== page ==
The accusations of La Fayette served, perhaps, as the ostensible reason with the public, and even with the king; yet it can hardly be supposed, that they had any effect on the cabal, who invented, or connived at the plans necessary to raise a continual supply for their pleasures. The fact is, that, most probably being found unequal to the task, or no longer choosing to be a docile instrument of mischief, he was thrown aside as unsit for use.
Disgraced, he quickly retired to his estate; but was not long permitted to struggle with the malady of exiled ministers, in the gloomy silence of inactivity; for, hearing that he had been denounced by the parliament, he fled in a transport of rage out of the kingdom, covered with the execrations of an injured people, in whose hatred, or admiration, the mellowed shades of reflection are seldom seen.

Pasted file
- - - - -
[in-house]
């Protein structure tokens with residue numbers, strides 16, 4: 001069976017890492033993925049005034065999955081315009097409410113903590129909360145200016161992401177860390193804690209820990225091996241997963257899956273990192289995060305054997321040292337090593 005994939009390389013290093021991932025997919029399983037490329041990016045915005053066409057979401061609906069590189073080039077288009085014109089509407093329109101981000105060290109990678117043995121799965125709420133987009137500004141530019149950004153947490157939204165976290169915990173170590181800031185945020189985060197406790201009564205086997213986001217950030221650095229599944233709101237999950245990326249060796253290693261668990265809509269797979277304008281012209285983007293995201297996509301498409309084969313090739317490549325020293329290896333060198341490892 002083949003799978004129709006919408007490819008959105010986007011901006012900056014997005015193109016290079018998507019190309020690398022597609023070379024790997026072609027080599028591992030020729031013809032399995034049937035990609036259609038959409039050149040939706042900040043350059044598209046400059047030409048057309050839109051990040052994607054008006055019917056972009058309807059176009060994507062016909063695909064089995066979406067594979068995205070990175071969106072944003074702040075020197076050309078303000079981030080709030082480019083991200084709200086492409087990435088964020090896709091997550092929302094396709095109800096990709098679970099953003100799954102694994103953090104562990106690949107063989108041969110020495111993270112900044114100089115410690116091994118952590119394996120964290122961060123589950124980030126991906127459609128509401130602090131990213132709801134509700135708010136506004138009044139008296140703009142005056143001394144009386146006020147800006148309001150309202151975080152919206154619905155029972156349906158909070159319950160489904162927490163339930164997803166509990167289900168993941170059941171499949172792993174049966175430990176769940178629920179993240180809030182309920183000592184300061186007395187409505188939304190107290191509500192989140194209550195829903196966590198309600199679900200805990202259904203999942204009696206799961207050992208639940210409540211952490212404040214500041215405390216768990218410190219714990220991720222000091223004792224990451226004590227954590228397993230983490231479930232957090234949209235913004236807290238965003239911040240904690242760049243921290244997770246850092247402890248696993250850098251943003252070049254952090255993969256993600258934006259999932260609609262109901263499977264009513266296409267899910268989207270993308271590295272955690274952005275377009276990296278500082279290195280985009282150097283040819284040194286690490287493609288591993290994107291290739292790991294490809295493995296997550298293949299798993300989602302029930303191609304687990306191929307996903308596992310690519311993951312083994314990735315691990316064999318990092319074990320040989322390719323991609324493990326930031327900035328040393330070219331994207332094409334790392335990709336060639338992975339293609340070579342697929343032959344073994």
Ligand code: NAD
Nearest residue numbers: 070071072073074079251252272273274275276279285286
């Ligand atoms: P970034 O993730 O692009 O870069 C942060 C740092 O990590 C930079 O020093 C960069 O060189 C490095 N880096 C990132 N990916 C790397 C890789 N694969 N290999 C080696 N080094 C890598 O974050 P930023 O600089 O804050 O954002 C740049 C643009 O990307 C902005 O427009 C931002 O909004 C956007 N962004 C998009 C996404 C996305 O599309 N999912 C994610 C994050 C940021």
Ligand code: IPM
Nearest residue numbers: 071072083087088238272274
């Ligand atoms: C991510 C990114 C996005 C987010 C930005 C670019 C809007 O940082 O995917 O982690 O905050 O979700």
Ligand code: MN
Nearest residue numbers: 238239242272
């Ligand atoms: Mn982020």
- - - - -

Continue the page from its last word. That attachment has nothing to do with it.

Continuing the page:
The extravagance of his administration exceeded that of any other scourge of France; yet it does not appear, that he was actuated by a plan, or even desire, of enriching himself. So far from it, with wild prodigality he seems to have squandered away the vast sums he extorted by force or fraud, merely to gratify or purchase friends and dependents; till, quite exhausted, he was obliged to have recourse to Necker’s scheme of loans. But not possessing like him the confidence of the public, he could not with equal facility obtain a present supply, the weight of which would be thrown forward to become a stumblingblock to his successors. Necker, by the advantageous terms which he held out to moneyholders, had introduced a pernicious system of stock-jobbing, that was slowly detected, because those who could best have opened the eyes of the people were interested to keep them closed.—Still Calonne could not induce the same body of men to trust to his offers; which, not choosing to accept, they made a point of discrediting, to secure the interest and exorbitant premiums that were daily becoming due.